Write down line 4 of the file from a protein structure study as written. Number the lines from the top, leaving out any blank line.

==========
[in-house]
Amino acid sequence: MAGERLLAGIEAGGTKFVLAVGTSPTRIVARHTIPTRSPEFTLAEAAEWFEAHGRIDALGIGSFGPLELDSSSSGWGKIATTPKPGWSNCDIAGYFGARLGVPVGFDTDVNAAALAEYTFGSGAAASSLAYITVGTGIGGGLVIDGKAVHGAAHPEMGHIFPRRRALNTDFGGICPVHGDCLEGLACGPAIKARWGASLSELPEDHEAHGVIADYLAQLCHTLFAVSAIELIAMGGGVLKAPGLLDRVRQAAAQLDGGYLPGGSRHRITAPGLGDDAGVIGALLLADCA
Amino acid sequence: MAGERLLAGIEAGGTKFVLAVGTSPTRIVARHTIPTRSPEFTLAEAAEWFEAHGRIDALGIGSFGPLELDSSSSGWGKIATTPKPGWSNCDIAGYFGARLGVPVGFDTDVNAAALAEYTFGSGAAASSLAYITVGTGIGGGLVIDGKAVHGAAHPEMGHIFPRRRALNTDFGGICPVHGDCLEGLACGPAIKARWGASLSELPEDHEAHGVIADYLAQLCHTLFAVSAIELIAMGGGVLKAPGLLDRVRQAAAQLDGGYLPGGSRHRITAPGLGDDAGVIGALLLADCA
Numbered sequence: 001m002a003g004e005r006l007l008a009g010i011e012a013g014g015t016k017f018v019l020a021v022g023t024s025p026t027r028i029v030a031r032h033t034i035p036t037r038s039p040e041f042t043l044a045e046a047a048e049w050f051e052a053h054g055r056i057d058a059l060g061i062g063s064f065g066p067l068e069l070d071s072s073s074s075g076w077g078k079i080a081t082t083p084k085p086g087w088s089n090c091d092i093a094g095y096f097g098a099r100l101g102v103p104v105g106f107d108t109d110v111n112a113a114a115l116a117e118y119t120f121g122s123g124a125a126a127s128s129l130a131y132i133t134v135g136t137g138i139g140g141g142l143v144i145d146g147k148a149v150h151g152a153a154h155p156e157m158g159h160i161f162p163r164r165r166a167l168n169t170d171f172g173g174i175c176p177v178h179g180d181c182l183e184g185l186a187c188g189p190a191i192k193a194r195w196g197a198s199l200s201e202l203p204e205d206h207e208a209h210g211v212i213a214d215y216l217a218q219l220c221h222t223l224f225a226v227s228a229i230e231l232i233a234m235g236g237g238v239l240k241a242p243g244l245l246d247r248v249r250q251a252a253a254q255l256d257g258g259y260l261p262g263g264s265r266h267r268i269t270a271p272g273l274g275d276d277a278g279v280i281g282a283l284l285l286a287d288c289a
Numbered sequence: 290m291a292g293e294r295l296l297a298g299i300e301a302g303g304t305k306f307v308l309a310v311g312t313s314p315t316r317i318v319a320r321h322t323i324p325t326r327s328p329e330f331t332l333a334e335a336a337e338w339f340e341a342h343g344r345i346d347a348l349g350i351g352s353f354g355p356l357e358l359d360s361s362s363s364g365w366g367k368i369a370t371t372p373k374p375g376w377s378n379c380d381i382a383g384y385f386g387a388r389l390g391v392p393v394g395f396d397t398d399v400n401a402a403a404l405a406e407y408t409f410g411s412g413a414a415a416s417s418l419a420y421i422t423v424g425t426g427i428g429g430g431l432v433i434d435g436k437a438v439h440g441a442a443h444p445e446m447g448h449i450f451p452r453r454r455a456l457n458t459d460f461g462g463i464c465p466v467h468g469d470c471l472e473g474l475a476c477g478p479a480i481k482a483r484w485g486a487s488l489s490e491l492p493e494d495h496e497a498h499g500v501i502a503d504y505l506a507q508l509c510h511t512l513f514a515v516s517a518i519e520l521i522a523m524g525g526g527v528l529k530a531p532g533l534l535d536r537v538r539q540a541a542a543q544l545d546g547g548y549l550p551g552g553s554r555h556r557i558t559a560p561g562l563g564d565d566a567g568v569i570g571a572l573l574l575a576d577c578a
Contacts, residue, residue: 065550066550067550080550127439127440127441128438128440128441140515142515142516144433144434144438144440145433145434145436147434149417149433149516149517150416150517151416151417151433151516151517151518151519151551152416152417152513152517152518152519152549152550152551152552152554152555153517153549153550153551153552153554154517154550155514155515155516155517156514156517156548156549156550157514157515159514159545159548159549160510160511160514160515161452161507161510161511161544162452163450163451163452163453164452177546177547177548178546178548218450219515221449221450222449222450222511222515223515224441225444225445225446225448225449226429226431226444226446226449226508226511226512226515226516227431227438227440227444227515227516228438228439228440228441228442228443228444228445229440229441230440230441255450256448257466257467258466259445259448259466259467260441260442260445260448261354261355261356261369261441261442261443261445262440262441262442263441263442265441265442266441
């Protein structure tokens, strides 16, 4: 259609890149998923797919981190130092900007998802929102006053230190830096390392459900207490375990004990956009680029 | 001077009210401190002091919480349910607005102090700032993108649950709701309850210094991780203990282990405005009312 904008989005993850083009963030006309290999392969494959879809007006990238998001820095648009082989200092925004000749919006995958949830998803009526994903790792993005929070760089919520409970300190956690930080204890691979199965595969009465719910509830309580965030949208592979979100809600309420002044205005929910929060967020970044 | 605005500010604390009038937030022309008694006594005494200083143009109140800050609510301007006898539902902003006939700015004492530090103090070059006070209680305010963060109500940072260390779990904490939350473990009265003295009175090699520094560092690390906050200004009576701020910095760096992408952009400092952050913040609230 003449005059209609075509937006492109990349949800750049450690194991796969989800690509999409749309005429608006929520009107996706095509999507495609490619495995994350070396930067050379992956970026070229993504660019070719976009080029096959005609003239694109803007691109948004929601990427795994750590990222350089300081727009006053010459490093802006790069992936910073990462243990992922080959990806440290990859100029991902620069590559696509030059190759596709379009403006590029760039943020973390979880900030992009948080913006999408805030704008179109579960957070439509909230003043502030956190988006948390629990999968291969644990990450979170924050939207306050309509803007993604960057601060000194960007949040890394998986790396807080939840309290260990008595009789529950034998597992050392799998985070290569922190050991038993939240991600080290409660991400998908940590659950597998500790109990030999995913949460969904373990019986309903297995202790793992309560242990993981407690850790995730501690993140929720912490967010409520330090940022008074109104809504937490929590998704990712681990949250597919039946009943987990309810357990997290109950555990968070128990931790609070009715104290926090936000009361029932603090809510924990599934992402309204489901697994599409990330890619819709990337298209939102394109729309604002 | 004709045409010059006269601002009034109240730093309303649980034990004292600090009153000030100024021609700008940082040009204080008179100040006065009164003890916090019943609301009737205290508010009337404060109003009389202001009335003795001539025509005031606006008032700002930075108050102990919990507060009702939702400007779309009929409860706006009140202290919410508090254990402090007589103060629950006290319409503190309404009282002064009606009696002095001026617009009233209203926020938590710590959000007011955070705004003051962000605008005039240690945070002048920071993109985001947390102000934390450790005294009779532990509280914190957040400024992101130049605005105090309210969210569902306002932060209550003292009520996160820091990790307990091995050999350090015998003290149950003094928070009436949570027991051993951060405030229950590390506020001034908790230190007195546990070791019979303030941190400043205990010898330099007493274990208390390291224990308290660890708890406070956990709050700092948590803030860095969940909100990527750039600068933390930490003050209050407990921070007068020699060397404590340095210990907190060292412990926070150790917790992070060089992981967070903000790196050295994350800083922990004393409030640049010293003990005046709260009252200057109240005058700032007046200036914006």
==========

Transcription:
Numbered sequence: 001m002a003g004e005r006l007l008a009g010i011e012a013g014g015t016k017f018v019l020a021v022g023t024s025p026t027r028i029v030a031r032h033t034i035p036t037r038s039p040e041f042t043l044a045e046a047a048e049w050f051e052a053h054g055r056i057d058a059l060g061i062g063s064f065g066p067l068e069l070d071s072s073s074s075g076w077g078k079i080a081t082t083p084k085p086g087w088s089n090c091d092i093a094g095y096f097g098a099r100l101g102v103p104v105g106f107d108t109d110v111n112a113a114a115l116a117e118y119t120f121g122s123g124a125a126a127s128s129l130a131y132i133t134v135g136t137g138i139g140g141g142l143v144i145d146g147k148a149v150h151g152a153a154h155p156e157m158g159h160i161f162p163r164r165r166a167l168n169t170d171f172g173g174i175c176p177v178h179g180d181c182l183e184g185l186a187c188g189p190a191i192k193a194r195w196g197a198s199l200s201e202l203p204e205d206h207e208a209h210g211v212i213a214d215y216l217a218q219l220c221h222t223l224f225a226v227s228a229i230e231l232i233a234m235g236g237g238v239l240k241a242p243g244l245l246d247r248v249r250q251a252a253a254q255l256d257g258g259y260l261p262g263g264s265r266h267r268i269t270a271p272g273l274g275d276d277a278g279v280i281g282a283l284l285l286a287d288c289a